- 90,000 more nurses

    - GPs open into the evenings and at weekends

    - free cancer prescriptions

    - a two-week maximum wait to see a cancer specialist

    - over 100 new hospitals

    - the Winter Fuel Allowance

    - free TV licences and free bus passes for pensioners

    - the Pension Credit

    - the New Deal for the Unemployed

    - full-time rights for part-time workers

    - the Social Chapter

    - record maternity pay

    - for the first time in history the right to paternity leave

    - the biggest programme of council house building for 20 years

    - the Disability Discrimination Act

    - the Racial and Religious Hatred act

    - the Equalities Act

    - the first black cabinet minister

    - the first Muslim minister

    - the first black woman minister to speak at the Commons despatch box

    - civil partnerships, gay adoption, the repeal of Section 28 and yes the right to book into a bed and breakfast

    - devolution: a Scottish Parliament, a Welsh Assembly and, yes, even a Mayor for London

    - the transformation of our great cities with bright new dawns for Leeds, Sheffield, Birmingham, Newcastle, Bristol, Glasgow, Edinburgh and Manchester

    - the Human Rights Act

    - crime down by a third

    - the hand gun ban

    - domestic violence cut by two thirds and rape convictions up by half

    - more police than ever on our streets

    - the world’s first ever Climate Change Act

    - beating the Kyoto emissions targets

    - the tripling of overseas aid

    - the cancelling of debt of the poorest countries

    - the ban on cluster bombs

    - peace in Northern Ireland

    - a Britain in Europe’s mainstream not in Europe’s slipstream

    - free swimming for kids

    - free museum entry

    - the right to roam

    - banning fox hunting

    - the Olympics for London

    - half a million children out of poverty

    - extended schools

    - 42,000 more teachers

    - the best ever exam results in schools

    - Education Maintenance Allowances

    - record numbers of students – and for the first time the majority of students are women

    - a doubling of apprenticeships

    - a Child Trust Fund for every newborn child

    - Sure Start children’s centres

    - free nursery places

    - and Child Tax Credits that this Labour government brought in and which a Tory government would cut because they just do not get it, never have, never will.

  • Comment number 70.

    The reason Gordon Brown's hopes for a global response to the banking crisis haven't materialised is really very simple. Brown is basically a decent, honest man who thinks that the wealthy people who run the show actually give a stuff.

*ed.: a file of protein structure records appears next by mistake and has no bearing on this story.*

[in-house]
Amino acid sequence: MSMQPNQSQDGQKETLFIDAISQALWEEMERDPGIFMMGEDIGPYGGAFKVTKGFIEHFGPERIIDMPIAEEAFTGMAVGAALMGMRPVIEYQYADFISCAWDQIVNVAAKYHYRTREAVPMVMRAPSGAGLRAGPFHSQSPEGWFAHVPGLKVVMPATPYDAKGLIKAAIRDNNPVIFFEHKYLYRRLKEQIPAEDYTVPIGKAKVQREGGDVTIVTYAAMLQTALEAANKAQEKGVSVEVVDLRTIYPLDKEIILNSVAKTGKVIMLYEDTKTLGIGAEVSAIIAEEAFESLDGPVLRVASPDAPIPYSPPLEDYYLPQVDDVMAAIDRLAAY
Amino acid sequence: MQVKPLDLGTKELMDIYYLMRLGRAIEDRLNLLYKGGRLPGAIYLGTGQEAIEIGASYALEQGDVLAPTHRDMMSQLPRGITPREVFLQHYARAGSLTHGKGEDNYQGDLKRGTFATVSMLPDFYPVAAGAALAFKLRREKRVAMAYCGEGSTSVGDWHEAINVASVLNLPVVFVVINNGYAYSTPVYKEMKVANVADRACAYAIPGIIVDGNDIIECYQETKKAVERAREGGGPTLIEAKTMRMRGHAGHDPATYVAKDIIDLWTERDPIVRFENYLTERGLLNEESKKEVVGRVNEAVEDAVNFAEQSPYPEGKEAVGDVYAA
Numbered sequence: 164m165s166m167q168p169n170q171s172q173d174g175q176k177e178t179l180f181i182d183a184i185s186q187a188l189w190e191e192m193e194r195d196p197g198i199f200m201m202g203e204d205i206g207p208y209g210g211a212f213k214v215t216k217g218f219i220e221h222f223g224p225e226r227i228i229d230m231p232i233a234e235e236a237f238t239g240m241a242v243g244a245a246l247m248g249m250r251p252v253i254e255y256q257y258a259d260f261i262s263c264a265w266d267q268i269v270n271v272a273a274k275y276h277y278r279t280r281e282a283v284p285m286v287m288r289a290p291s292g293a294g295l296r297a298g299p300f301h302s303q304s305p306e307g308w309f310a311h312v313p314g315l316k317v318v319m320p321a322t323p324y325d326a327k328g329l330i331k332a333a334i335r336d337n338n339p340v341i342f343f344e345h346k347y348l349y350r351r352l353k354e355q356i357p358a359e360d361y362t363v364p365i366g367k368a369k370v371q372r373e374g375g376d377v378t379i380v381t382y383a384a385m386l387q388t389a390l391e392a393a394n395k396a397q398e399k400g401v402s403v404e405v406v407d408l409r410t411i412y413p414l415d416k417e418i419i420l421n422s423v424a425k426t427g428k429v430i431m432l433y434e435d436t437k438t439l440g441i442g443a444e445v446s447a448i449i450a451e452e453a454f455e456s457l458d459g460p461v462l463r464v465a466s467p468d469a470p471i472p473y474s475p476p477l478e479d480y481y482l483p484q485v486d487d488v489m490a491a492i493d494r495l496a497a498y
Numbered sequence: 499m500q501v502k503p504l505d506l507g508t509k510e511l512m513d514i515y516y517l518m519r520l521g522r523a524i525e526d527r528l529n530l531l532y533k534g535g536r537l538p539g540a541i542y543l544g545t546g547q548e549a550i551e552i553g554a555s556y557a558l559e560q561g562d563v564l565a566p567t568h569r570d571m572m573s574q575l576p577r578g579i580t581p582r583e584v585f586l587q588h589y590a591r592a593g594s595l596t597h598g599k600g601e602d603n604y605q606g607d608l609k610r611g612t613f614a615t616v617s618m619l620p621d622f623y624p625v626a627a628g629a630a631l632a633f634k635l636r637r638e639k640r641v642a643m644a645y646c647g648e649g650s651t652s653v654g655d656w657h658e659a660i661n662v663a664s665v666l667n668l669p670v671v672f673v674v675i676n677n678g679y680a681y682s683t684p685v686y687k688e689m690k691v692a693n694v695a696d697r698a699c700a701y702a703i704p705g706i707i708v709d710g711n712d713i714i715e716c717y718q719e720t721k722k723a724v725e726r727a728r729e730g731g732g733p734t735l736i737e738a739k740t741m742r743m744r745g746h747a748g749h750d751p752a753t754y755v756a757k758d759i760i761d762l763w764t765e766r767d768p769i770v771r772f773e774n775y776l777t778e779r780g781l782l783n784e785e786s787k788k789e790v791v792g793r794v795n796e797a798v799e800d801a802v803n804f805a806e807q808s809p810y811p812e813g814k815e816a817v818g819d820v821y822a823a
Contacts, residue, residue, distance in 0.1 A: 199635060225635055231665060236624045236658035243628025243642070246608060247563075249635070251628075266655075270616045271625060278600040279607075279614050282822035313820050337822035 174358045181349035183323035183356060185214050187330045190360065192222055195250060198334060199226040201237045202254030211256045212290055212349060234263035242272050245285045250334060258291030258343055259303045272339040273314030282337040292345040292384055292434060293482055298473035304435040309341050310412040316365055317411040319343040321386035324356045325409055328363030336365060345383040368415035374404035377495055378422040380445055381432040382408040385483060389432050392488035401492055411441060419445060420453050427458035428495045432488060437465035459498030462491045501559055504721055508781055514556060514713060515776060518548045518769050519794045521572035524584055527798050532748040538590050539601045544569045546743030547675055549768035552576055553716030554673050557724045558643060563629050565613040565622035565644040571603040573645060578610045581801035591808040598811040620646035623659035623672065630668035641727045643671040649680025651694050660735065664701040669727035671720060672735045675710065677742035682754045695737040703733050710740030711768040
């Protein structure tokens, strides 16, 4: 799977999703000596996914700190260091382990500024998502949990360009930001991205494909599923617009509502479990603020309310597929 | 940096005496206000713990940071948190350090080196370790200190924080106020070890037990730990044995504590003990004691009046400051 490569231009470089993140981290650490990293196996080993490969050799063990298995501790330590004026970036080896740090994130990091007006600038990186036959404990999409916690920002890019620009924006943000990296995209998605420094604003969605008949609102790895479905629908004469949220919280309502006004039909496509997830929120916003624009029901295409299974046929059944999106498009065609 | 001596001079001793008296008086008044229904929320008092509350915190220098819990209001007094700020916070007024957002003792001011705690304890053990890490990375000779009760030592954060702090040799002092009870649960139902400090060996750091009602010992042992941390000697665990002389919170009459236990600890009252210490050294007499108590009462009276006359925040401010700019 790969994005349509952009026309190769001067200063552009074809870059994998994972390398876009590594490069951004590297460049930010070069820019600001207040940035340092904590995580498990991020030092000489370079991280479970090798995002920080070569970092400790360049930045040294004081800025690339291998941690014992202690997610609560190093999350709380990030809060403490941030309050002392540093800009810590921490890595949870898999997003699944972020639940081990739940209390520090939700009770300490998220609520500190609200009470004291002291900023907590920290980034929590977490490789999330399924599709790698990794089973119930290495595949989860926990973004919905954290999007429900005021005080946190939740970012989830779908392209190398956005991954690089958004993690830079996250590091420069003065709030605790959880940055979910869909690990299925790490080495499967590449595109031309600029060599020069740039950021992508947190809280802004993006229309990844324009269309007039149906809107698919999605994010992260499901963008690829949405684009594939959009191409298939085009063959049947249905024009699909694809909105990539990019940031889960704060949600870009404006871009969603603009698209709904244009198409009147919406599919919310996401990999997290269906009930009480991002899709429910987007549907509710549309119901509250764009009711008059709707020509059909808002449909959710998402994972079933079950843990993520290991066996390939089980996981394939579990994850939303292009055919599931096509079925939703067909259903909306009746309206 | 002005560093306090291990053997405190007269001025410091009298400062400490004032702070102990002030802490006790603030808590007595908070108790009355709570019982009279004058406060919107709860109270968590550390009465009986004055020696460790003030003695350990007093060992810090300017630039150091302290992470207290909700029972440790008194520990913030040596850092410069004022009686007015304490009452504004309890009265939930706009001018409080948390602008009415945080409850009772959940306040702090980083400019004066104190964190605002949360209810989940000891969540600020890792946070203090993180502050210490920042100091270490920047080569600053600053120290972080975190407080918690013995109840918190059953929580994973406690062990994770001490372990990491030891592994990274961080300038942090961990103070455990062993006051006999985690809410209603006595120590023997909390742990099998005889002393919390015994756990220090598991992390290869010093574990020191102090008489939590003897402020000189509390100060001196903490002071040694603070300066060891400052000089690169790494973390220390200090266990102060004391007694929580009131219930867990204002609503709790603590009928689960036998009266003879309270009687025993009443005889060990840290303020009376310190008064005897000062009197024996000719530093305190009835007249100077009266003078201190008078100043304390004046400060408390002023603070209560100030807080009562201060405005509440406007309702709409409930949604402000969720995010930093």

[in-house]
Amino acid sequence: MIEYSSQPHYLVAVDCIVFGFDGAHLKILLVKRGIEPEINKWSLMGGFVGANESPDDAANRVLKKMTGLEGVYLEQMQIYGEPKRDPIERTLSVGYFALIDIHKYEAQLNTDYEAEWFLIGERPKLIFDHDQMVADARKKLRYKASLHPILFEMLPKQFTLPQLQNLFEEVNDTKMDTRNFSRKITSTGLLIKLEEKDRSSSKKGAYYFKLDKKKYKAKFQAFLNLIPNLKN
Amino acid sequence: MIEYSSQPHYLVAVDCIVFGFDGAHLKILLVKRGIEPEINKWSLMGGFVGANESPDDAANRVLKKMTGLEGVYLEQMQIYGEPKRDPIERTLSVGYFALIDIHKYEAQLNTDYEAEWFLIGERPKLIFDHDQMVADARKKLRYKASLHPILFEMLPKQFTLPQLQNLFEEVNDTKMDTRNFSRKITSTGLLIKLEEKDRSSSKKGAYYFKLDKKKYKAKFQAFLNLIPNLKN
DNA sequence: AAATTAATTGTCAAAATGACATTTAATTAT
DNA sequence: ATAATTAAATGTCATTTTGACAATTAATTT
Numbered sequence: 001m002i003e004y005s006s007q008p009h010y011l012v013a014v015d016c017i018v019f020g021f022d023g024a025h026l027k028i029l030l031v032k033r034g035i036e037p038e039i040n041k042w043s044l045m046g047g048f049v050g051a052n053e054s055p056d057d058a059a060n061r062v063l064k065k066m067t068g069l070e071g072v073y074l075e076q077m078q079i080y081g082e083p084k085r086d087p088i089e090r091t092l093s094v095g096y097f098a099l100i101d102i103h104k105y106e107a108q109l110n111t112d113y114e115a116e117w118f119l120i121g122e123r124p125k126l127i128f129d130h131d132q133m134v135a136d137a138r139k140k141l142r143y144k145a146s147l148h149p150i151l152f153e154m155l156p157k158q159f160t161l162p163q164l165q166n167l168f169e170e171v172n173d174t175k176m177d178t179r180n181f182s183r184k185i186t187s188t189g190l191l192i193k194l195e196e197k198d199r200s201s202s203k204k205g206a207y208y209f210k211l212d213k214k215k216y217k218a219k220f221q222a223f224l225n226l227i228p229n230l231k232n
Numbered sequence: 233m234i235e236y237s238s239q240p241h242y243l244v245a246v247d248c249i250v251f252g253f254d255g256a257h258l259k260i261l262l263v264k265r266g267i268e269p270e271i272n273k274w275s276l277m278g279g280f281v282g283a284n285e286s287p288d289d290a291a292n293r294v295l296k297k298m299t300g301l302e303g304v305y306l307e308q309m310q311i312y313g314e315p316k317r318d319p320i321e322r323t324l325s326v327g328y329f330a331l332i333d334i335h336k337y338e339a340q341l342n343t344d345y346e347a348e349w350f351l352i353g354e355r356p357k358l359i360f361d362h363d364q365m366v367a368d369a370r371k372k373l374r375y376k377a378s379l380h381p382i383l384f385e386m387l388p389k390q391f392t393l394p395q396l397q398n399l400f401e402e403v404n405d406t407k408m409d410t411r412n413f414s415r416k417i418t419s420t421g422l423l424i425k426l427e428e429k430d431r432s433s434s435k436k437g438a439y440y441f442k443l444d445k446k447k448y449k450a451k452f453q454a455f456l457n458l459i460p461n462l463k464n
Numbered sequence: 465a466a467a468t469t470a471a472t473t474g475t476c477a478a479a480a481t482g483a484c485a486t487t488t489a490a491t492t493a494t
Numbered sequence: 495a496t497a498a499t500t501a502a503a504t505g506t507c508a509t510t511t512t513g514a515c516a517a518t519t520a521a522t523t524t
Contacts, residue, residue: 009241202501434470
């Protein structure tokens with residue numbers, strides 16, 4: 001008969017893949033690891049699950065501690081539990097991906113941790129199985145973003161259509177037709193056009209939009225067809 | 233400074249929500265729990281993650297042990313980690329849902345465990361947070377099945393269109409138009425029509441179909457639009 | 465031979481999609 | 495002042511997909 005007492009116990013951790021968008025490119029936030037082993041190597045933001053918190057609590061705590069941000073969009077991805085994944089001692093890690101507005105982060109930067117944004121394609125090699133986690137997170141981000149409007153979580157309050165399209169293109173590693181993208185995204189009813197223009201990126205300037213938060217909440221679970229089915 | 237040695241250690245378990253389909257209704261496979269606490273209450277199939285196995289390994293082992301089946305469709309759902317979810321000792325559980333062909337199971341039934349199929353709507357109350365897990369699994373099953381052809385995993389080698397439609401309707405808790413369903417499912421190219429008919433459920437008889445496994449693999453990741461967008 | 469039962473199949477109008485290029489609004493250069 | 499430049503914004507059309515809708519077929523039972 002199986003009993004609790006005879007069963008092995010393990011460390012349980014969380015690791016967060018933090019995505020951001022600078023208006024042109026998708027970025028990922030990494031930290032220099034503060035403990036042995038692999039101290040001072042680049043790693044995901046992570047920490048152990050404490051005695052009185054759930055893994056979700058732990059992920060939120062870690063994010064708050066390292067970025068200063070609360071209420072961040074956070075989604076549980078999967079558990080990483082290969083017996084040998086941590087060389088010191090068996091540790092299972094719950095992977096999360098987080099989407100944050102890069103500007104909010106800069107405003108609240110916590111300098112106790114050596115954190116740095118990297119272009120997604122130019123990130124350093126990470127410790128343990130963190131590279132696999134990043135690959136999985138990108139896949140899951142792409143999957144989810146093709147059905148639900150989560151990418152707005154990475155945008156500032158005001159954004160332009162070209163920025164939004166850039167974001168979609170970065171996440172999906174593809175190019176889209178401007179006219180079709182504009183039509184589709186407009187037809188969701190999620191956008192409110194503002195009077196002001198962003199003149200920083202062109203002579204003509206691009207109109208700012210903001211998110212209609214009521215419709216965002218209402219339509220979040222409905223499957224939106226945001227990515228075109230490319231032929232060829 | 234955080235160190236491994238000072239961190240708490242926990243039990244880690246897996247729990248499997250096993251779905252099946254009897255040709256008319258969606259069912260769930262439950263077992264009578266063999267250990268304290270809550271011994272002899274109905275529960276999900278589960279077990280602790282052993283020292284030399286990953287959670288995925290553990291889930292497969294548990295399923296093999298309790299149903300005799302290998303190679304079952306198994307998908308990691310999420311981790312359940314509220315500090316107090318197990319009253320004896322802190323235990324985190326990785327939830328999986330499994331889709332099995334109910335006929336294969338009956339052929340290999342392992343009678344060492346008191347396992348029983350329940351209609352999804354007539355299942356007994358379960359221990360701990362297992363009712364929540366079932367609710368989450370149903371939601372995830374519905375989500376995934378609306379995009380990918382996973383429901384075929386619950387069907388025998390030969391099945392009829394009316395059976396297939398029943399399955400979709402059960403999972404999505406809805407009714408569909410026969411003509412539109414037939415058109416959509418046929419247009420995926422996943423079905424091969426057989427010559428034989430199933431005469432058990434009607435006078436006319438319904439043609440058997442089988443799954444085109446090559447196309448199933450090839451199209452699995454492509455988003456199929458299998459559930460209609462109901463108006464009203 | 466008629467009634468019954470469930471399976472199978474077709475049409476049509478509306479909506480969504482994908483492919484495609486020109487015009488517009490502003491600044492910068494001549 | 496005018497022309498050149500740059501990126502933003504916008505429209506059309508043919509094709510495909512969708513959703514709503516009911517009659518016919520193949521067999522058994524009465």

So some very silly "Masters of the Universe" turn their banks into basket cases; do the very wealthy care? Of course they don't - Governments will protect the investments of the wealthy by throwing the taxes of the poor at them. So the result is economic downturn is unemployment; do the very wealthy care? Of course they don't - high unemployment means that wages can be screwed down. Why do you think we've had it for so long? So nations run up huge deficits to "shore up" the banks; do the very wealthy care? Of course they don't - they know that when the axe is being wielded it won't be coming anywhere near them.

    For the very wealthy our economic problems mean shedloads of cash being taken from the poorest members of our society to ensure that they - the wealthy - can continue to live la dolce vita. And better, the economic downturn will make sure that the poor continue to know their place.

    Brown is an honest. decent man. He was easy meat for the mega-rich

  • Comment number 71.

    55. At 21:42pm on 08 Dec 2010, NonLondonView wrote:
    Why the hell does he STILL want to rescue the banks. Has he learned nothing! It appears not. The taxpayer is done bailing out banks, start figuring out how to let them have a soft crash.

    ---------------------------------------------

    Absolutely! Remember - the investments of the vast majority people are guaranteed by the Government. Only the super-rich lose when banks crash

  • Comment number 72.

    Robert, my dear chap, if you must interview people on serious subjects please choose someone whose opinions might enjoy at least a little credibility. Having inherited an economy so robust that it managed to withstand many years of financial assault (billions stripped from pension, gold sales, inflated public sector jobs and salaries, etc, etc), Mr Brown presumably felt he needed to add the ‘other role’ to his portfolio in order to finish the task. Inevitably, success followed. Formidable, indeed!

  • Comment number 73.

    34. At 19:19pm on 08 Dec 2010, garethanddylan wrote:
    Gordon Brown is still an excellent financial expert.

    How did he lose so much of our money in the gold market if he is such an expert? He could have left our gold reserves alone but he arrogantly knew better and sold it at a quarter of the price now.....

  • Comment number 74.

    Gordon Brown?

    Wasn't he the dozy bloke who claimed to have put an end to 'Boom and Bust' whilst at the same time stoking the first half of said cycle for all he was worth, then claiming surprise when the whole thing blew up in his face?

    Sorry, but the mans record in office speaks for itself. Specifically, he has the honour of being the only Chancellor in modern British history to have presided over a period during which the British banking sector effectively bankrupted itself (forget the bust, the damage was done while he was in Number 11), who encourged the activities of said banks at the time, and when the balloon finally went up managed to (according to himself, at least) cover himself in glory by answering 'A' to the following not-exactly-difficult multiple choice question...